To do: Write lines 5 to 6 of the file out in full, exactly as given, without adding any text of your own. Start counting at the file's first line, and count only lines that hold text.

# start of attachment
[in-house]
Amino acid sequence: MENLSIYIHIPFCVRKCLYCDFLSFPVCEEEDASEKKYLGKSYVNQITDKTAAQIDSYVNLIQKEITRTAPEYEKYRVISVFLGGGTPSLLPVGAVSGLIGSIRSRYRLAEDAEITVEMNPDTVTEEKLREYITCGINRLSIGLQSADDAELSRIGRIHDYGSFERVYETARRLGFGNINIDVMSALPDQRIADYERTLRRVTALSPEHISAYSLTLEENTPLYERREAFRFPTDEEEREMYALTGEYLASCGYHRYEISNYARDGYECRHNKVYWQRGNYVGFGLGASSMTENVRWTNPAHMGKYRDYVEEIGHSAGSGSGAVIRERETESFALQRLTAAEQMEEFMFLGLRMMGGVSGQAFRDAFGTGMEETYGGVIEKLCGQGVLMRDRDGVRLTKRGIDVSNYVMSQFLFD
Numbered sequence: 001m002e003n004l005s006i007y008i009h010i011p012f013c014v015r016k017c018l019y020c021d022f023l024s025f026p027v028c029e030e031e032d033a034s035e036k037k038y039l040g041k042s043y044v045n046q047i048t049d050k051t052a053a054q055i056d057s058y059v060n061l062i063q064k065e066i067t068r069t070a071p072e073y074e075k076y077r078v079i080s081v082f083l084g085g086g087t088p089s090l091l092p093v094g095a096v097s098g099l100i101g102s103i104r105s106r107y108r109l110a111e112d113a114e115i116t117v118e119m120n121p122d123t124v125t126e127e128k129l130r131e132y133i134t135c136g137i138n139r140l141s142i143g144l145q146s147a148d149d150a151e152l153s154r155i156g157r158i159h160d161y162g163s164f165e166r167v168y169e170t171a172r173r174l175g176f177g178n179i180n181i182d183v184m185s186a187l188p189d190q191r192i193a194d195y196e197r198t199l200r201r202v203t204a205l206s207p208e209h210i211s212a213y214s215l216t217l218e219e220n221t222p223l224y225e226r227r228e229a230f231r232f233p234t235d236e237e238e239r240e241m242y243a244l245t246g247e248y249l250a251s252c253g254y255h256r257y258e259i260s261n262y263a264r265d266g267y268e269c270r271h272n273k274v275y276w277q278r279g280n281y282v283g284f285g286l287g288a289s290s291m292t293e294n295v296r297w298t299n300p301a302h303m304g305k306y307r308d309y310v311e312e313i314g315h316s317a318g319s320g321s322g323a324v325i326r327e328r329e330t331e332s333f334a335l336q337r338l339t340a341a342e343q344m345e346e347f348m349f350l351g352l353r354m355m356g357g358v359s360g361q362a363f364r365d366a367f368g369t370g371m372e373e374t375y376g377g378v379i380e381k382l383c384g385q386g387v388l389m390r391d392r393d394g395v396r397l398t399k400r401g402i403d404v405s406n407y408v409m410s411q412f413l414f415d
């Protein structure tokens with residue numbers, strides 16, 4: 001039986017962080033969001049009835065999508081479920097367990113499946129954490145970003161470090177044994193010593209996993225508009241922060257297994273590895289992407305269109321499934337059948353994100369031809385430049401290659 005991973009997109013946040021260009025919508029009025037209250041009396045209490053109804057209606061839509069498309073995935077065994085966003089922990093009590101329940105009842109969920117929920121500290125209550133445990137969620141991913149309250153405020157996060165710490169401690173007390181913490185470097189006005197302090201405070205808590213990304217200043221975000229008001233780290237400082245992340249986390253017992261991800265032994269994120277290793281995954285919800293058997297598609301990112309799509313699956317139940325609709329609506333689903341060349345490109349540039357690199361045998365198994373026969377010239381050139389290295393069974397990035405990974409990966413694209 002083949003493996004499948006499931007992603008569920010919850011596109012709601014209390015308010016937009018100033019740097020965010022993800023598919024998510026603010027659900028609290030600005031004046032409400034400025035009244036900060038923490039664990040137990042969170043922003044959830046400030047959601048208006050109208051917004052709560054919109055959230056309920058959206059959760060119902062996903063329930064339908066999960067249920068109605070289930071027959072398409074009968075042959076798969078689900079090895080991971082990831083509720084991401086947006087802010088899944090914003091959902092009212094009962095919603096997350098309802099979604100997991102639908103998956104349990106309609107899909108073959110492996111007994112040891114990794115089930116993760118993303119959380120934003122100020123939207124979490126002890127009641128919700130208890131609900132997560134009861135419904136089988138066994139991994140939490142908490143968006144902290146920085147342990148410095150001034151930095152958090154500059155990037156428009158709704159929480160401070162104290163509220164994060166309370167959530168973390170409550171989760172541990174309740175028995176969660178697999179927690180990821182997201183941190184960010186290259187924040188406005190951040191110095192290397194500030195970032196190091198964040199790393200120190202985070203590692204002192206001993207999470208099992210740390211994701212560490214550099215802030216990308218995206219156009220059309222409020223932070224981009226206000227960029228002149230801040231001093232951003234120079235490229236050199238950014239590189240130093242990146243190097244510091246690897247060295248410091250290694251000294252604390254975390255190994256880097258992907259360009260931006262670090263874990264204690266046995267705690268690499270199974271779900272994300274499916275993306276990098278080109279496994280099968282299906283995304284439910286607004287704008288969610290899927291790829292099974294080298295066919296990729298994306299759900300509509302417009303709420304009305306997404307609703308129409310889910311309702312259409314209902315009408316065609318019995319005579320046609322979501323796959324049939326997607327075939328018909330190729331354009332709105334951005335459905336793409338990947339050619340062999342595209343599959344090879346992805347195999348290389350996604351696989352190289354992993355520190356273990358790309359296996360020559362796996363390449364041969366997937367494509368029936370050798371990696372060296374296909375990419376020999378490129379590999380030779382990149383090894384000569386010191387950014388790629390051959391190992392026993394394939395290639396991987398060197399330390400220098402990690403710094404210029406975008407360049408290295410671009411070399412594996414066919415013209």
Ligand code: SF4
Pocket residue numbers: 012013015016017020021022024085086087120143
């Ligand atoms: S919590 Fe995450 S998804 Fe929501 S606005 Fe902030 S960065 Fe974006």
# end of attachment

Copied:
Ligand code: SF4
Pocket residue numbers: 012013015016017020021022024085086087120143